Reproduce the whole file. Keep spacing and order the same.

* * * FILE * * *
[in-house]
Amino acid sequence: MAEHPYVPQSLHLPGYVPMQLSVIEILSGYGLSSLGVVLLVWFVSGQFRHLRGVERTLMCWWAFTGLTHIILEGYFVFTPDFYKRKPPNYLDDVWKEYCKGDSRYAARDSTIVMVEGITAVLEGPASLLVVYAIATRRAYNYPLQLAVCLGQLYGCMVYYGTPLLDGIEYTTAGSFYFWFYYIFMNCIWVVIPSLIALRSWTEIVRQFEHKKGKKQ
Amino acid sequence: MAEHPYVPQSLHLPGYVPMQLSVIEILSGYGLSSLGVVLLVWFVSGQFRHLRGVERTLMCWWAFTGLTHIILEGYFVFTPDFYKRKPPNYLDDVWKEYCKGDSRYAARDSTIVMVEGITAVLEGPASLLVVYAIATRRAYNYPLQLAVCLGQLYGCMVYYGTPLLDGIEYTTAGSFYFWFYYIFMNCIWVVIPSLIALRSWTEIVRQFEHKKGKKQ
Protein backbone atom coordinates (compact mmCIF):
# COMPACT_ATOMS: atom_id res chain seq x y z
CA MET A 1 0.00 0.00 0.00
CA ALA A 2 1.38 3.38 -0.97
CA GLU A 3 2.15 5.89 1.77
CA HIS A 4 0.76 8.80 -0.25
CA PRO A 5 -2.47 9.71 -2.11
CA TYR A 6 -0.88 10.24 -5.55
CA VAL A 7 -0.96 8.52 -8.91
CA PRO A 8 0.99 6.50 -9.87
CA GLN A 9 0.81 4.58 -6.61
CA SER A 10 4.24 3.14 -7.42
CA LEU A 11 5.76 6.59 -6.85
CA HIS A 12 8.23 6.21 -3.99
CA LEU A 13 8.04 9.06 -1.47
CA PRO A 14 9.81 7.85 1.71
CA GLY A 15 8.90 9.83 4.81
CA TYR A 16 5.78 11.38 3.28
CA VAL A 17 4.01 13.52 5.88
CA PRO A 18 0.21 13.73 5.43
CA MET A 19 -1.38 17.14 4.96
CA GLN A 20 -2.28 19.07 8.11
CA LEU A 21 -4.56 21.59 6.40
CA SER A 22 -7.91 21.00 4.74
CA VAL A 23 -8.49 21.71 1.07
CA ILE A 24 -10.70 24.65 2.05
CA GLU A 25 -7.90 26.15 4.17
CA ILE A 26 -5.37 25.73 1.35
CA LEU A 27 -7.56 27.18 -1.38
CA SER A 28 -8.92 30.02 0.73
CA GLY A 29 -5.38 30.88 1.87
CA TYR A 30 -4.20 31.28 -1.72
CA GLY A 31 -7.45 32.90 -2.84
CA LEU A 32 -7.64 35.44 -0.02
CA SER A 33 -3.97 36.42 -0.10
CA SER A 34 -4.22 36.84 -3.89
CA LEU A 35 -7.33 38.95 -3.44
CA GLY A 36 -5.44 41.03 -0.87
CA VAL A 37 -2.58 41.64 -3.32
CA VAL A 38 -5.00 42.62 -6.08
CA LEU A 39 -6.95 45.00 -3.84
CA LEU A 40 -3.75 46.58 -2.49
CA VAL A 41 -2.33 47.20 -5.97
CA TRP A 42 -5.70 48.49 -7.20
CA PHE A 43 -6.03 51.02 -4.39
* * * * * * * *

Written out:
[in-house]
Amino acid sequence: MAEHPYVPQSLHLPGYVPMQLSVIEILSGYGLSSLGVVLLVWFVSGQFRHLRGVERTLMCWWAFTGLTHIILEGYFVFTPDFYKRKPPNYLDDVWKEYCKGDSRYAARDSTIVMVEGITAVLEGPASLLVVYAIATRRAYNYPLQLAVCLGQLYGCMVYYGTPLLDGIEYTTAGSFYFWFYYIFMNCIWVVIPSLIALRSWTEIVRQFEHKKGKKQ
Amino acid sequence: MAEHPYVPQSLHLPGYVPMQLSVIEILSGYGLSSLGVVLLVWFVSGQFRHLRGVERTLMCWWAFTGLTHIILEGYFVFTPDFYKRKPPNYLDDVWKEYCKGDSRYAARDSTIVMVEGITAVLEGPASLLVVYAIATRRAYNYPLQLAVCLGQLYGCMVYYGTPLLDGIEYTTAGSFYFWFYYIFMNCIWVVIPSLIALRSWTEIVRQFEHKKGKKQ
Protein backbone atom coordinates (compact mmCIF):
# COMPACT_ATOMS: atom_id res chain seq x y z
CA MET A 1 0.00 0.00 0.00
CA ALA A 2 1.38 3.38 -0.97
CA GLU A 3 2.15 5.89 1.77
CA HIS A 4 0.76 8.80 -0.25
CA PRO A 5 -2.47 9.71 -2.11
CA TYR A 6 -0.88 10.24 -5.55
CA VAL A 7 -0.96 8.52 -8.91
CA PRO A 8 0.99 6.50 -9.87
CA GLN A 9 0.81 4.58 -6.61
CA SER A 10 4.24 3.14 -7.42
CA LEU A 11 5.76 6.59 -6.85
CA HIS A 12 8.23 6.21 -3.99
CA LEU A 13 8.04 9.06 -1.47
CA PRO A 14 9.81 7.85 1.71
CA GLY A 15 8.90 9.83 4.81
CA TYR A 16 5.78 11.38 3.28
CA VAL A 17 4.01 13.52 5.88
CA PRO A 18 0.21 13.73 5.43
CA MET A 19 -1.38 17.14 4.96
CA GLN A 20 -2.28 19.07 8.11
CA LEU A 21 -4.56 21.59 6.40
CA SER A 22 -7.91 21.00 4.74
CA VAL A 23 -8.49 21.71 1.07
CA ILE A 24 -10.70 24.65 2.05
CA GLU A 25 -7.90 26.15 4.17
CA ILE A 26 -5.37 25.73 1.35
CA LEU A 27 -7.56 27.18 -1.38
CA SER A 28 -8.92 30.02 0.73
CA GLY A 29 -5.38 30.88 1.87
CA TYR A 30 -4.20 31.28 -1.72
CA GLY A 31 -7.45 32.90 -2.84
CA LEU A 32 -7.64 35.44 -0.02
CA SER A 33 -3.97 36.42 -0.10
CA SER A 34 -4.22 36.84 -3.89
CA LEU A 35 -7.33 38.95 -3.44
CA GLY A 36 -5.44 41.03 -0.87
CA VAL A 37 -2.58 41.64 -3.32
CA VAL A 38 -5.00 42.62 -6.08
CA LEU A 39 -6.95 45.00 -3.84
CA LEU A 40 -3.75 46.58 -2.49
CA VAL A 41 -2.33 47.20 -5.97
CA TRP A 42 -5.70 48.49 -7.20
CA PHE A 43 -6.03 51.02 -4.39